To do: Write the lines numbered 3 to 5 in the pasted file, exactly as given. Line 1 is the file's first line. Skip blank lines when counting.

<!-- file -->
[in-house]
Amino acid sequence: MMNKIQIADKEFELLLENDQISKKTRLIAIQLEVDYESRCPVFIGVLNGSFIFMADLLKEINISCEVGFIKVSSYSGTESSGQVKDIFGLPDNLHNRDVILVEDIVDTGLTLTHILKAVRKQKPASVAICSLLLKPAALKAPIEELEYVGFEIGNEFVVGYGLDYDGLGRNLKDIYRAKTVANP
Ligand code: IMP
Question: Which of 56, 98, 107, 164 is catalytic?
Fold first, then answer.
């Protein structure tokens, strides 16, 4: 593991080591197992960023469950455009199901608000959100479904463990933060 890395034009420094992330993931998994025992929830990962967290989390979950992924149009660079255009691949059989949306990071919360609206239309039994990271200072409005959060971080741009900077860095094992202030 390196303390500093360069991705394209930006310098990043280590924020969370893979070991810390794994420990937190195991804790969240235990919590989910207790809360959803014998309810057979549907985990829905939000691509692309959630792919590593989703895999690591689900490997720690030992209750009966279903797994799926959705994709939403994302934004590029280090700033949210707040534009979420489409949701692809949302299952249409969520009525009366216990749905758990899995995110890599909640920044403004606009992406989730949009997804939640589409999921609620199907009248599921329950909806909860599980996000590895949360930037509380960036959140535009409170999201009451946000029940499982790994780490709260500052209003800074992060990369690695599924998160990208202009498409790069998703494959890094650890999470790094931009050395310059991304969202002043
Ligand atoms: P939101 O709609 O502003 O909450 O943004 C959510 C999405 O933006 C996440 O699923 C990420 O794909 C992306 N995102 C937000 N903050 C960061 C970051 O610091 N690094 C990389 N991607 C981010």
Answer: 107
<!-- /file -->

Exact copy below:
Ligand code: IMP
Question: Which of 56, 98, 107, 164 is catalytic?
Fold first, then answer.